WB happy with Lanka’s progress; urges sustainability

Monday, 19 November 2012 00:00 -     - {{hitsCtrl.values.hits}}

World Bank Managing Director Sri Mulyani Indrawati on Saturday said the multilateral donor was happy with Sri Lanka’s recent progress, but emphasised several challenges remained to ensure sustainability of growth via reforms and greater private sector role.

Describing her first visit to Sri Lanka as “productive,” Indrawati’s assessment was following a series of meetings with President Mahinda Rajapaksa, Ministers, officials, Opposition MPs, the private sector, and NGOs, as well as a tour to the north during a four-day stay.

“It is very encouraging to see high growth in Sri Lanka, especially following the end of the war. However, the challenge for Sri Lanka is to sustain this impressive performance over the medium to long term and reduce inequality among provinces and income groups,” emphasised Indrawati, who prior to joining the World Bank in 2010 was Indonesia’s Minister of Finance, in addition to being the Coordinating Minister of Economic Affairs.

“High growth doesn’t mean there are no problems,” said Indrawaiti, adding, “No country has the luxury to be complacent.”

Briefing journalists, Indrawati said continued reforms in the areas of fiscal policy and public sector leading to a lower Budget deficit, lower public debt, and improved efficiency as well as a conducive environment for a greater role for a higher quality and competitive private sector would help Sri Lanka’s forward march. Better productivity and improved quality of human resource and skills level were also cited as important.

Whilst noting that there has been a good increase in public investment, she said Sri Lanka must attract greater inflow of foreign capital if the country is keen to sustain high growth. For this, a credible framework is important to make Sri Lanka’s economic potential ‘the pull factor’ given its natural resources, strategic hub location, and quality of its people.

“We are encouraged by the fact that the ‘Mahinda Chinthana’ policy document addresses these challenges and structural issues. If resolved, Sri Lanka can unleash the economy’s potential to its fullest,” the World Bank MD added.

One of the three Managing Directors of the World Bank, Indrawati is responsible for the institution’s operations in all regions of the world. In addition, she oversees other administrative vice-presidencies and functions, including the Integrity Vice Presidency, Sanctions Board Secretariat, and the Office of Evaluation and Suspension.

The improvement by Sri Lanka in the World Bank-International Finance Corporation compiled Ease of Doing Business was commended by Indrawati and further progress will ensure the quality of the private sector, both local and foreign, being improved, leading to higher investments.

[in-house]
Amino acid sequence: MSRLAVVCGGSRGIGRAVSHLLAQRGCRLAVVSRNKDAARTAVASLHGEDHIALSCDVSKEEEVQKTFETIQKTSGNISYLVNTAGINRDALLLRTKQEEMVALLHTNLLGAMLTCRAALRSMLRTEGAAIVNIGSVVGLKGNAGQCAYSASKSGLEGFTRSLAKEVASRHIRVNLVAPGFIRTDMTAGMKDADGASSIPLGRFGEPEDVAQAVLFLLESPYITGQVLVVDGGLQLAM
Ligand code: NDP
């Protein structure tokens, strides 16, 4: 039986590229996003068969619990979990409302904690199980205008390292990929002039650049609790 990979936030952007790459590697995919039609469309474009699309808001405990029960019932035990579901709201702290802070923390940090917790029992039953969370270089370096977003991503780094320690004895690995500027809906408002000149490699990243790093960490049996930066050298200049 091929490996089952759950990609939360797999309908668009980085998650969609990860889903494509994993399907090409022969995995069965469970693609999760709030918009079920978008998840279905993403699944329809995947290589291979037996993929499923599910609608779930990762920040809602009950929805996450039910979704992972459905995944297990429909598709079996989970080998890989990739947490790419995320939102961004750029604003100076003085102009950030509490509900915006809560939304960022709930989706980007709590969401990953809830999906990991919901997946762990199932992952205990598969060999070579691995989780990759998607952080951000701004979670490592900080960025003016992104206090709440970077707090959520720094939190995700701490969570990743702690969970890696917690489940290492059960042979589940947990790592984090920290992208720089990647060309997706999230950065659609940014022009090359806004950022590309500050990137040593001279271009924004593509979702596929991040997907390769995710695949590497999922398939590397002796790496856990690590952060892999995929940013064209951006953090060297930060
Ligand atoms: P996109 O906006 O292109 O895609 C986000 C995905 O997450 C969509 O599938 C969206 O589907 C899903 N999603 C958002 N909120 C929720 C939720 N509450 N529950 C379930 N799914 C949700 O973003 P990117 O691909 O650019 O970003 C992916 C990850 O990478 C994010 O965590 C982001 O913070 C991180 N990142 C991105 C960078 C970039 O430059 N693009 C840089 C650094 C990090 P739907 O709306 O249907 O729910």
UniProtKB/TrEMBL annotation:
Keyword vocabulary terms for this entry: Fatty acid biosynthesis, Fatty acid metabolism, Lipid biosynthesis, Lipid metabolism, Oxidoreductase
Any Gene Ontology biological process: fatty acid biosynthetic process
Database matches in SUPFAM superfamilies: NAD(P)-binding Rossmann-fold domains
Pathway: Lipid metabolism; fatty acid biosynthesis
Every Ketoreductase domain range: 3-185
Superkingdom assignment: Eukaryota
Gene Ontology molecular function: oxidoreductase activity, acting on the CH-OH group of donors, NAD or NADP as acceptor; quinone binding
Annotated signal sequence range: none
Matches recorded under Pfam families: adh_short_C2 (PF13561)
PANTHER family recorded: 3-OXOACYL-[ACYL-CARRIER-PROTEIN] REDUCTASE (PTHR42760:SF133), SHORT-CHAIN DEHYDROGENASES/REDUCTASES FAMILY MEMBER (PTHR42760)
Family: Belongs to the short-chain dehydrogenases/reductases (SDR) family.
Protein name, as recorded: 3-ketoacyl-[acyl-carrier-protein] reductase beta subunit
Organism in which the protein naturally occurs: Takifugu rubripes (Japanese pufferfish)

“Improving quality of the private sector and attracting good foreign capital have a wider beneficial impact on the economy with better technology and best practices,” she added.

“Having a low tax rate is good but governments must ensure there is transparency and clarity with regard to computation,” she said, adding that a regime that ensures consistency and stability in policies is more favoured by local and foreign investors.

In response to a question whether the World Bank was concerned about the higher inflow of Chinese loans to Sri Lanka, Indrawati said: “Borrowing is not a problem as long as the country can ensure funds are productively used, enabling higher economic return, thereby sustaining the repayment capacity. This, along with ensuring quality of funding, transparency, and accountability, will help.”

The World Bank MD also said that the Government had made a commitment to reduce the budget deficit as well as public debt, which she said was welcome.  She said a lower public debt was always a good cushion against internal and external shocks and referred to Indonesia’s move towards a public debt to GDP ratio of 23% from 60% previously.

With regard to the infrastructure development thrust by the Government especially in the north, she said: “Well-designed infrastructure will attract the right investment. This, along with engaging the community in the area, will ensure new infrastructure has a greater benefit to uplift the livelihood of the people. Given the resource constrains faced by governments, opening up infrastructure development for the private sector under Public-Private Partnerships is also important.”

The World Bank MD said that Sri Lanka as a progressive nation could learn from its own historical experiences as to what policies have worked right and what haven’t, as well as of other countries, and choose the best.

“As a partner for future development, the World Bank is keen to play a proactive role with financing and policy advocacy,” said Indrawati at the briefing, which included World Bank Sri Lanka Country Director Diarietou Gaye and IFC Country Director Adam Sack.

As of 31 March 2012, the World Bank’s Sri Lanka portfolio consisted of 14 projects with a total commitment of US$ 1.068 billion.